Greig makes another appearance in February, this time as director of This Wide Night (Tron Theatre, Glasgow, February 20-March 15), Chloe Moss' 2008 play about two women who once shared a prison cell, and who meet up on the outside. Elaine C Smith and River City star Jayd Johnson play the women in what looks set to be a hard-hitting study of two people holding on to each other for dear life.
In March, the Royal Lyceum in Edinburgh opens Union (March 20-April 12), a timely new play by Tim Barrow that takes a scurrilous look at how Scotland came to sign the Act Of Union with England in 1707. Delving even further into history is playwright Howard Brenton in Eternal Love (King's Theatre, Edinburgh, March 18-22), which looks at the romance between 12th century philosopher Peter Abelard and his pupil, Heloise, in a production first seen at Shakespeare's Globe.
If such a set-up sounds obscure to some, bear in mind that Brenton's last play to be seen in Edinburgh, Anne Boleyn, revitalised its subject with a treatment that fused contemporary language with politically-charged satire in one of the best visiting shows of 2012.
There are more politics in April via a touring stage version of Brassed Off (King's Theatre, Edinburgh, April 28-May 3), while Dundee Rep open Cars And Boys (April 11-26), a new play by Stuart Paterson that finds a woman battling with her own mortality. The major show that month, however, looks set to be The Beautiful Cosmos Of Ivor Cutler (Citizens Theatre, Glasgow, April 9-20).
As reported on these pages in 2013, Vanishing Point's collaboration with the National Theatre Of Scotland looks set to be an impressionistic homage to the Glasgow-born poet, songwriter and performer who became a cult figure by way of his appearance in the Beatles film, Magical Mystery Tour, as well as his numerous radio sessions on the late John Peel's show.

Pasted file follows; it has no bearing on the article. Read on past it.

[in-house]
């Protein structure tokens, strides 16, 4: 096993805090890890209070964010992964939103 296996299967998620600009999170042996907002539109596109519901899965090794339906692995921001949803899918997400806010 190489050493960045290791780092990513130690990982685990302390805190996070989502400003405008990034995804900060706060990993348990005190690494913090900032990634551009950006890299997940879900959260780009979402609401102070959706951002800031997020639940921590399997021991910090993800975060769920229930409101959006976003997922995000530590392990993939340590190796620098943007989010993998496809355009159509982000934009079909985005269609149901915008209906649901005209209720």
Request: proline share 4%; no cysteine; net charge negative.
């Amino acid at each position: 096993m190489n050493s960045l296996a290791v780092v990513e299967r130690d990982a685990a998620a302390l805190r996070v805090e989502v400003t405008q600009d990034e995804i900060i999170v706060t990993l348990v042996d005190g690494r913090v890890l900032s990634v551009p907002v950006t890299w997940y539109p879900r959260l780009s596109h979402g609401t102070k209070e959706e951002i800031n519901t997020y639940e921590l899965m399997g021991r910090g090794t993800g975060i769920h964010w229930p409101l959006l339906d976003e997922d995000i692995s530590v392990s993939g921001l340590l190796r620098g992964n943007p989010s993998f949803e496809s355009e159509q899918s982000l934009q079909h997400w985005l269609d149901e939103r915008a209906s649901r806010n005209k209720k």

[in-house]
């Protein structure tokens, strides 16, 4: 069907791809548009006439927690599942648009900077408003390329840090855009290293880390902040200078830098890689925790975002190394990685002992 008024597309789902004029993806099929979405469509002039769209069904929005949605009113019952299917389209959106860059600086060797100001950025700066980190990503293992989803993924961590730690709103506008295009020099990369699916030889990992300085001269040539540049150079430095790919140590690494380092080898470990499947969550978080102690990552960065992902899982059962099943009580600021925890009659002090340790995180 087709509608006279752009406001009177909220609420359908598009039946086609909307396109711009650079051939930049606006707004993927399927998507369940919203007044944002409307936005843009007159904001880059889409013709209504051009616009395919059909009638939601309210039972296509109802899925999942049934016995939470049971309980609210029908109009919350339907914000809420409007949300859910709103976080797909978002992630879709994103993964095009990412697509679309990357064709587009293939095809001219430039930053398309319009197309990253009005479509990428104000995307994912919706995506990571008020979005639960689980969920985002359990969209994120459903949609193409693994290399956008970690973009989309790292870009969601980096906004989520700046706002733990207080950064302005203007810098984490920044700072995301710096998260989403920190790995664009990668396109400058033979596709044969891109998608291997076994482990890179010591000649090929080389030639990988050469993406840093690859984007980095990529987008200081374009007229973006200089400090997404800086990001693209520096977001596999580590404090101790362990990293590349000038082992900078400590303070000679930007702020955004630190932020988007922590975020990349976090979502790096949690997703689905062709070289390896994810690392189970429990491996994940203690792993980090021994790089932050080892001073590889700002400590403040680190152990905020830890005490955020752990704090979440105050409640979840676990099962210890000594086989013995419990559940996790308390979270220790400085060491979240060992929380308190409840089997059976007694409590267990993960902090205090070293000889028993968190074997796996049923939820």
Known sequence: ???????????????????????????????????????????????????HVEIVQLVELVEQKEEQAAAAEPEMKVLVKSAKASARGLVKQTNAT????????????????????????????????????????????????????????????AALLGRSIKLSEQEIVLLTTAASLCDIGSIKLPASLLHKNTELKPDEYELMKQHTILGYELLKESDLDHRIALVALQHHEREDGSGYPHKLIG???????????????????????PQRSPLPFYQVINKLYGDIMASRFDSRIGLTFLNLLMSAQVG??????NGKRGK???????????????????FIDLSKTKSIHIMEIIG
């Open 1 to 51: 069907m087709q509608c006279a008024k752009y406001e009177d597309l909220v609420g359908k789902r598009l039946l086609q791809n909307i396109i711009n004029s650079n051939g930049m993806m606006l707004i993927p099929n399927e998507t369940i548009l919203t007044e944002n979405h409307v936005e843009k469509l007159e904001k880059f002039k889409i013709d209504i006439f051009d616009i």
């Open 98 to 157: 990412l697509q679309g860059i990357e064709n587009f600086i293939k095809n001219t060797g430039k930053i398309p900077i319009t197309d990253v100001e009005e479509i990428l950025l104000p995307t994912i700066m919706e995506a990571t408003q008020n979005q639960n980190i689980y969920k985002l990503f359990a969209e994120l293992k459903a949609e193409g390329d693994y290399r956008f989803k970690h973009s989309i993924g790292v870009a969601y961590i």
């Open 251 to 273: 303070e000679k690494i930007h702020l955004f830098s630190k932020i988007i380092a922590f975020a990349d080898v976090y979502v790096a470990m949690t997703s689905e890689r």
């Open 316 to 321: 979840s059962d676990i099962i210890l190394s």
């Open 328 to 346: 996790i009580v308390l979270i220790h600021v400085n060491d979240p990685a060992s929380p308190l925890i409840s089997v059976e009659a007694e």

With a live band on stage, Matthew Lenton's production will also feature long-term Vanishing Point collaborator Sandy Grierson playing Mr Cutler.
In May, the Citz brings decadence back home with The Libertine (May 3-24), Stephen Jeffreys' no-holds-barred look at the life and times of John Wilmot, poet, pleasure-seeker and the second Earl Of Rochester.
The Royal Lyceum, Edinburgh, meanwhile, presents Pressure (May 1-24), a new play by actor David Haig set during the Second World War, when Dalkeith-born meteorologist James Stagg must advise General Eisenhower on the best time to send troops across the English Channel in one of the most crucial manoeuvres of the entire war.
Commonwealth Games fever takes hold in June, with the Citz hosting large-scale community show, Sports Day (June 4-7), while the NTS takes over the South Rotunda building beside the Clyde for another large-scale project, The Tin Forest (dates to be confirmed).
All of which should keep audiences busy until the Edinburgh Festivals season comes around.
Beyond that, the stage version of Ford Kiernan and Greg Hemphill's sit-com, Still Game (September 19-October 9), has already announced many extra shows due to public demand, and may be the ideal post-referendum antidote in a theatrical year to remember.